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July 26th, 2017

Scout Dig

Under the watchful eye of Jacob Clay of the Natural Resources Conservation Service (left), these Boy Scouts watch scout Jackson Kingsbury (Troop 727 Topsham/Corinth) dump a bucket of dirt from their archeological dig on to the sifting screen. Twenty-six Boy Scouts, representing eight different troops from all over Vermont took part in the “dig” last Saturday on the grounds of the Vermont Granite Museum in Barre. Photo by Bill Croney

Under the watchful eye of Jacob Clay of the Natural Resources Conservation Service (left), these Boy Scouts watch scout Jackson Kingsbury (Troop 727 Topsham/Corinth) dump a bucket of dirt from their archeological dig on to the sifting screen. Twenty-six Boy Scouts, representing eight different troops from all over Vermont took part in the “dig” last Saturday on the grounds of the Vermont Granite Museum in Barre. Photo by Bill Croney

By Bill Croney
Barre’s Vermont Granite Museum was busier than usual last weekend. A group of 26 Boy Scouts representing eight different troops from all over the state arrived on the Museum grounds last Friday afternoon and camped out there until Sunday afternoon.

The Scouts were there to take part in the first Vermont Granite Museum Archaeological Weekend. All day Saturday was dedicated to digging at a small site out in back of the Museum under the direction of Cooper Sheldon, an intern at the museum this summer and an Archeology student at SUNY Potsdam in New York, Jess Robinson, a Vermont State Archeologist, and Jacob Clay of the Natural Resources Conservation Service. As a result of working on the dig for eight hours, the scouts each earned their Archeology Merit Badge.

“We are here to help educate these Boy Scouts about archeology and what we can learn from the past. We want them to learn some of the concepts and techniques of archeology,” Robinson said.

The dig site was a small area in back of the museum and it was marked out with flags and divided areas.

“This is sort of a back dirt pile related to the clearing of this industrial archeological landscape. There are various kinds of archeology. There is pre-historic archeology and historic archeology,” Robinson said.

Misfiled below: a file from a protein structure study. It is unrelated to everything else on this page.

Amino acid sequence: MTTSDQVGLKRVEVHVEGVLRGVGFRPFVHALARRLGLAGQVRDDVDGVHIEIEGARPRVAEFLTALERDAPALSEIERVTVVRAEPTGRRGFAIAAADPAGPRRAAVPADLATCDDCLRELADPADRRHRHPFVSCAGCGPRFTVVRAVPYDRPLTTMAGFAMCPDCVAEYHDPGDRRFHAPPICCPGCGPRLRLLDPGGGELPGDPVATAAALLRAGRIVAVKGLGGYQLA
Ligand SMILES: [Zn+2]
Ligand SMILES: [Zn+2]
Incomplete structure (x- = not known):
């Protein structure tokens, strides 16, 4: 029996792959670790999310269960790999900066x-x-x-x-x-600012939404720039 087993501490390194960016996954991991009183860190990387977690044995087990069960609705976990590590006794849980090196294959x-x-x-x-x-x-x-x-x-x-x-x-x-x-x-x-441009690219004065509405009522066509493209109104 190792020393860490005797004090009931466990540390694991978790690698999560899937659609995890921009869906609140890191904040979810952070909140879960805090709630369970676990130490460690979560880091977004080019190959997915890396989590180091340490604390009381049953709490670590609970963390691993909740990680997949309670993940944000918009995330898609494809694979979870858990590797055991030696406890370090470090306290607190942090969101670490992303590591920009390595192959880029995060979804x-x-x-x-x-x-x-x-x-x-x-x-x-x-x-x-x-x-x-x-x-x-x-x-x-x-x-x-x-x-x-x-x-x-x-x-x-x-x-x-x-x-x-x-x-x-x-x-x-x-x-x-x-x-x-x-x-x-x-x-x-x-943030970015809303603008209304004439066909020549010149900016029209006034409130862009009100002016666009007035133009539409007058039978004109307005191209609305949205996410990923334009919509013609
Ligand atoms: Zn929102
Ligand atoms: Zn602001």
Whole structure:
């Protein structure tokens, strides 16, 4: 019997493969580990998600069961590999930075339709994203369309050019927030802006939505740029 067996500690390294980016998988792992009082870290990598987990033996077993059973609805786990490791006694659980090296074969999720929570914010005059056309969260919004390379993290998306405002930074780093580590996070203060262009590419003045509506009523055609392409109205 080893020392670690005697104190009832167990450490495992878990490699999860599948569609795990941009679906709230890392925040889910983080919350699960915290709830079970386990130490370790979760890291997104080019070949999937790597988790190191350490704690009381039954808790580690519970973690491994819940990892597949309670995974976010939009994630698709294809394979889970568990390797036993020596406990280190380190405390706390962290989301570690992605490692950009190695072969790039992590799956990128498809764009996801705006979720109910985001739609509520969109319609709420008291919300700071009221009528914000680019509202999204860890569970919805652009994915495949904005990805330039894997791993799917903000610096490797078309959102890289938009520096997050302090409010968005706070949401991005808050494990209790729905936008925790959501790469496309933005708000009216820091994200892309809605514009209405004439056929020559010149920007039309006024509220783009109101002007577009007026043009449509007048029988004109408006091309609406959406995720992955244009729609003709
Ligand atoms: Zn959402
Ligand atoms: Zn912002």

“There is actually a sub set of archeology that we refer to as industrial archeology. There is a lot of literature about industry but there is not a lot about the lives and the daily routines of workers. Industrial archeology like we are doing here is used as a compliment to the written record.

“What we are looking for here is anything related to the daily workings of this particular industry (the Granite industry). So we are sifting through this pile looking for clues. This pile is essentially a refuse pile of what was discarded by the people who worked here.”

Robinson said the Boys Scouts found what are likely food remains and some small indications of industrial work — some slag that is likely from welding and other industrial processes. The scouts also found some washers, nails and other indications about the daily work here. There weren’t any extraordinary finds, but the scouts learned archeology techniques.

The scouts were divided into two groups, one group digging, sifting, and recording its findings for a half-day while the second group was inside the Granite Museum doing a mock excavation and getting an overall view of an archeological dig. After lunch, the groups switched places so it was a full day for both groups.

The scouts discovered that doing things the right way was a slow and exacting process- especially the logging of each “find”.

“I think it’s cool digging and looking at the soil covers and finding out what is in the pile. It’s interesting to find out how it got there and its relevance to the company. Filling out the log sheet on an item is pretty complex. We have to be accurate about what we think it is and where it came from in the dig,” said Sebastian Tanguay, who is from East Montpelier and is a member of Barre’s Troop 714.

All of the scouts were very engaged in the process and couldn’t wait to see what turned up as each bucket of dirt was dumped on to the sifting screen.

“I like what we’re doing. It’s interesting finding out what went on here,” said Scout Andrew Emerson.

“The scouts are learning that you have to be very methodical, very careful and very accurate about where any “find” comes from in the dig site. We are going rather slowly but we are stressing the fundamentals. They have discovered that going slow rather than rushing is very important,” Robinson.

The day was hot, the air was muggy and the progress was slow but Boy Scout Jackson Kingsbury of Troop 727 (who had carried his share of buckets of dirt to the sifter) summed things up nicely. “It’s fun. I like this stuff. It’s very informational,” he said.

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